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Street Food of India: The 50 Greatest Indian Snacks - Complete with Recipes
Meetha lassi and bhel puri; paneer tikka and masalas, chutneys, and samosas. All visitors to India are greeted by an astonishing display of roadside snacks throughout the country: from the teeming lanes of Old Delhi to the hot, dusty streets in the remote countryside. It is painfully hard to resist the smells and sights and tastes of this roadside food, prepared in front of customers’ eyes with the freshest ingredients and a good helping of panache and showmanship. The acclaimed photographer Sephi Bergerson has been tracking down the very best street food in the country, which has been his home for the past seven years. This book is a celebration of this splendid everyday cuisine and a virtual feast in itself. With authentic and detailed recipes for the simplest and tastiest dishes in the repertoire, using ingredients easily found in the West, this serving will inspire and intoxicate in equal measure.
||I. B. Tauris|
||August 31, 2010|
|Average Customer Rating:
|| based on 10 reviews|
Average Customer Review:
( 10 customer reviews )
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36 of 46 found the following review helpful:
If only there was a way to package sounds and smells to go with the photosSep 10, 2010
By S. Chopp
Limiting oneself to just 50 of the greatest Indian snacks is a feat in itself. Add to it rich, colorfully detailed photos of individual snacks direct from the streets of various cities across India, and you have this substantially sized hardcover book good enough for the coffee table or kitchen collection.
Actual photos taken around Bombay, Delhi, Amritsar and Varanasi, show readers just how ingrained street vendors are in the Indian palette. And while the selections truly are some of the best snacks, many of which I have sampled, a broad representation from all corners of the country are missing.
DIY recipes are included for the most passionate to attempt in recreating at home. But, as any lover of street food will attest to, part of the joy in handing over your cash in exchange for a freshly steamed momo or fried samosa, is the experience of eating with others in the open as the world passes.
First time travelers will enjoy comparing their notes while learning a bit more about the food represented in the book. Locals and repeat tourists will read the book as a trip down memory lane; Memories of places where you drank the best cup of chai, or encountered a night of restless pain at the hands of tainted food just a few hours earlier. Either way, it left me hungry and eager to return to the streets.
5 of 7 found the following review helpful:
Wah!! ek dum perfect!! (WOW!!! absolutely perfect)Jan 08, 2011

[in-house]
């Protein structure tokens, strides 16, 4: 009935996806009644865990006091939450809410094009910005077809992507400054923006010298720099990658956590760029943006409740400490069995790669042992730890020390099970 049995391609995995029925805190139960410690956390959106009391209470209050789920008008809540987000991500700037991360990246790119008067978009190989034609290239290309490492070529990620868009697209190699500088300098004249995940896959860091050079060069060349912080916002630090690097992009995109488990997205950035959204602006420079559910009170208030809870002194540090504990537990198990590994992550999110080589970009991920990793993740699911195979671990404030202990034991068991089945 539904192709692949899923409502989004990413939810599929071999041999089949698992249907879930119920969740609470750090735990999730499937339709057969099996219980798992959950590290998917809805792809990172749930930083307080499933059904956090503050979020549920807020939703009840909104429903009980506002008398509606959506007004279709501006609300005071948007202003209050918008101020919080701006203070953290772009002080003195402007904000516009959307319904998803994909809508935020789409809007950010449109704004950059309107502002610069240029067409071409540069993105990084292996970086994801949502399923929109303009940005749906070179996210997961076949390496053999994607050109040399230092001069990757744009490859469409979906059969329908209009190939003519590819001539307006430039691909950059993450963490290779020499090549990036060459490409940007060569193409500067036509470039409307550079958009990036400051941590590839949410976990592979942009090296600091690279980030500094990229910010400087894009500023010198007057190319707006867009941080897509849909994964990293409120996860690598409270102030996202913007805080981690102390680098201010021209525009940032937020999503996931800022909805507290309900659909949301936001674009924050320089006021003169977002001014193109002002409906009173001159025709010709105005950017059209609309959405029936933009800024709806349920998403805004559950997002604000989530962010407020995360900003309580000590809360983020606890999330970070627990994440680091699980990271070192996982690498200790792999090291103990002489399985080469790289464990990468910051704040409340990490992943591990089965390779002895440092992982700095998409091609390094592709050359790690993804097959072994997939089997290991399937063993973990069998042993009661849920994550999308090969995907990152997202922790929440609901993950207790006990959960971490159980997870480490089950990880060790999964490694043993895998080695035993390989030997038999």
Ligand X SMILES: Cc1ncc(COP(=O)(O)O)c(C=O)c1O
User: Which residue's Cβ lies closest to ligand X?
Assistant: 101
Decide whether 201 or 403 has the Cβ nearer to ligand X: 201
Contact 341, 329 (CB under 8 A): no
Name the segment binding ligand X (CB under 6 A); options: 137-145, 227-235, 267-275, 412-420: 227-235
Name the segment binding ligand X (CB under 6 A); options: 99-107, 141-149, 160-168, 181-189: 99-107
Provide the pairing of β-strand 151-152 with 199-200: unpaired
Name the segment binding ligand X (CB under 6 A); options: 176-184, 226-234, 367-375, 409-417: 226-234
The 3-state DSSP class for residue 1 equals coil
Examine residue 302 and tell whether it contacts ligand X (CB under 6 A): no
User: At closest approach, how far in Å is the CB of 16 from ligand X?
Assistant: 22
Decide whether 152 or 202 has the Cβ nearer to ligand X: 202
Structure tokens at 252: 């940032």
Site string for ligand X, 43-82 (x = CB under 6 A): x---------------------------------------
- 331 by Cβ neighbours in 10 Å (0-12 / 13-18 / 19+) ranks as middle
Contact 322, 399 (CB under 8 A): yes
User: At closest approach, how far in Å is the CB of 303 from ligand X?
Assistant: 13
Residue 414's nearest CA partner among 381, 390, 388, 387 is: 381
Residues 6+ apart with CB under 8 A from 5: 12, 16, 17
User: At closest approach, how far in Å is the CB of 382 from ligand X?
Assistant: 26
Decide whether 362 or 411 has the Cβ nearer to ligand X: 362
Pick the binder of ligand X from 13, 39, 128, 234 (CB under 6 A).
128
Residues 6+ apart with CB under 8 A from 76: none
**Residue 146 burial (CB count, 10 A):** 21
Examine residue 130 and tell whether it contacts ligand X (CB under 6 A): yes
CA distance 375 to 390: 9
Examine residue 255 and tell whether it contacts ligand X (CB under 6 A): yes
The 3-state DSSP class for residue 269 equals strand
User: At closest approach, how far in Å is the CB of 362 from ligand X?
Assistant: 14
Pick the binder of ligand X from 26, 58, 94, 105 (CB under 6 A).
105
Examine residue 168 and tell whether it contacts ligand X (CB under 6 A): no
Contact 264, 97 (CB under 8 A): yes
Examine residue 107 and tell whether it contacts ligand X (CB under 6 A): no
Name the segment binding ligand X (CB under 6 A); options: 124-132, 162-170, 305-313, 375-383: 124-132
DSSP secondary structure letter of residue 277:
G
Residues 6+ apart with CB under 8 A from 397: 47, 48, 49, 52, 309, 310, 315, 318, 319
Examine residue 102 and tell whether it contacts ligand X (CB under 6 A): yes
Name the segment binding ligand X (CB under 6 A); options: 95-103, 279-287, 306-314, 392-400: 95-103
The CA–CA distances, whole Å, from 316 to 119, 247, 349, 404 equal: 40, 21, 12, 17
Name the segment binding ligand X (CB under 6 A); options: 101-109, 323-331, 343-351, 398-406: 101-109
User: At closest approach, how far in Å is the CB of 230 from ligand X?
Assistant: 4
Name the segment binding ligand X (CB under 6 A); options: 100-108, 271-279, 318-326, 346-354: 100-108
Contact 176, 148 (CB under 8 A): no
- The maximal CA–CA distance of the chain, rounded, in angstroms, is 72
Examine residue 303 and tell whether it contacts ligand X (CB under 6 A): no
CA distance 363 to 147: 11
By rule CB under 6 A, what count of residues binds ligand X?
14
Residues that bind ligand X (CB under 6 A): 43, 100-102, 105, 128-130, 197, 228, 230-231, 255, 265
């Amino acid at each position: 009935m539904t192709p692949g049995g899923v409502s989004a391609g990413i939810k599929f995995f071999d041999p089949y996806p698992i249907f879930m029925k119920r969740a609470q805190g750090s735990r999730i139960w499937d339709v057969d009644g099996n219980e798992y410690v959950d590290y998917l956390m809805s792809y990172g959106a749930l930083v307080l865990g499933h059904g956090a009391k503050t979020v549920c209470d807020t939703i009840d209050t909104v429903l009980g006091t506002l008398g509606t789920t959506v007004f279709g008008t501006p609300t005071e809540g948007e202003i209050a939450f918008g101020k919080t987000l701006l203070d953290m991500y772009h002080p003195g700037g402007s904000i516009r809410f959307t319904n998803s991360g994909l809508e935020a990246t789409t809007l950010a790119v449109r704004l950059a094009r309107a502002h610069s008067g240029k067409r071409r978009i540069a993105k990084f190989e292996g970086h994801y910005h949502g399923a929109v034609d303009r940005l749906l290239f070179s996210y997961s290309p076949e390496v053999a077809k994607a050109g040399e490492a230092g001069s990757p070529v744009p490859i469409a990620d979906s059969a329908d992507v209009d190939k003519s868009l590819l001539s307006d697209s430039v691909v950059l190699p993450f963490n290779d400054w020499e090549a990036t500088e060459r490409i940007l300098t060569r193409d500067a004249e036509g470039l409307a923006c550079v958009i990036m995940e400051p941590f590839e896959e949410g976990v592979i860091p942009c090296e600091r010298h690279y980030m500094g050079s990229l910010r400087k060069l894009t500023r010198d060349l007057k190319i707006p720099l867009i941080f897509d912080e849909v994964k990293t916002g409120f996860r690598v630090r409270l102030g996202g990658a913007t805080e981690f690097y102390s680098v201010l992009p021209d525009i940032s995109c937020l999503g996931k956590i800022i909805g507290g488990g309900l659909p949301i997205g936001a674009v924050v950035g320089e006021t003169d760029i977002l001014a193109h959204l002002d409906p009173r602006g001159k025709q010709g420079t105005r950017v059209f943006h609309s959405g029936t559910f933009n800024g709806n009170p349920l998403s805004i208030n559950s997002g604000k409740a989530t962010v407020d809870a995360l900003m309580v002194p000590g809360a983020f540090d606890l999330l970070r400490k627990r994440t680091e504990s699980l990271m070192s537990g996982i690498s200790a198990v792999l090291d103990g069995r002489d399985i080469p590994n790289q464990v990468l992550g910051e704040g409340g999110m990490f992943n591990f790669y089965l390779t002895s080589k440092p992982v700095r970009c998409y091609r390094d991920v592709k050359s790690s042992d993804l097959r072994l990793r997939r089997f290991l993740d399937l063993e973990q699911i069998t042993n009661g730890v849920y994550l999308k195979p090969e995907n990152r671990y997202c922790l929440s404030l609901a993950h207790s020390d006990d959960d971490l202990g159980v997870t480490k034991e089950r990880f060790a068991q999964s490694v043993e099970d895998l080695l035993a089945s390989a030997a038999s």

I got this book as a gift for Christmas. Everything about this book is great..The dishes look delectable and the writing through out the book is easy to read, informative and nostalgic for those who have eaten in the streets of Delhi. It is a great coffee table book with incredibly candid shots of Delhi street vendors selling the food. After perusing the book, I did make a couple of the items featured in the book and consulted the recipes too. hmm..hmm..good!!! It makes for a great gift.
7 of 10 found the following review helpful:
Beautiful photographs, good resourceJan 02, 2012
By Cassandra L. Rayne
The book is beautiful--full of pictures and color and some interesting recipes. Most of the book is photography, with recipes "on the side." One problem with the book is that it is somewhat impractical: the recipes are not conducive to cooking in a western style kitchen, with western ingredients, so it is somewhat difficult to duplicate the results... however with some creativity the formulas can serve as a springboard for attempts to make delicious Indian street food. Since it's not a "plug and play" type recipe book, it would not be advisable for cooks who are not familiar with Indian tastes to purchase this book, and it would not be ideal for timid cooks or cooks who prefer to follow recipes exactly.
The reason I couldn't give this book a five star rating is because of the above-noted impracticality of the recipes. That warranted four stars. However, I had to pull it down another notch to three-stars just because of the tone taken by the authors in the commentaries. I felt that the narration and commentary was somewhat racist and insensitive, seeming to characterize much street food as "poor man's" this or "poor man's" that, treating the people almost as specimens to be observed and amused by rather than people whose culture deserves respect and admiration.
7 of 10 found the following review helpful:
Great photosMar 07, 2011
Great photos of India, but the recipes are not specific enough for me....I cook Indian food very frequently and find that Julie Sahni's recipes, although long, make for delicious outcomes each and every time compared to those in this book.
4 of 6 found the following review helpful:
Beautiful Book!Feb 12, 2011
This is a visually stunning book. The main focus of this collection is definitely the photographs, with the recipes taking a back seat. That being said, the recipes are simple in preparation, as long as you can locate the proper ingredients (you'd be surprised how difficult it was to find mango powder and black salt in non-bulk proportions that didn't also charge an arm and a leg for shipping). I agree with a previous reviewer who said that this would make a great coffee table book - the photos are too beautiful to keep tucked away on my cookbook shelf.
This book would be a great addition to the library of any Indian cuisine lover, foodie, photographer, or vegetarian.
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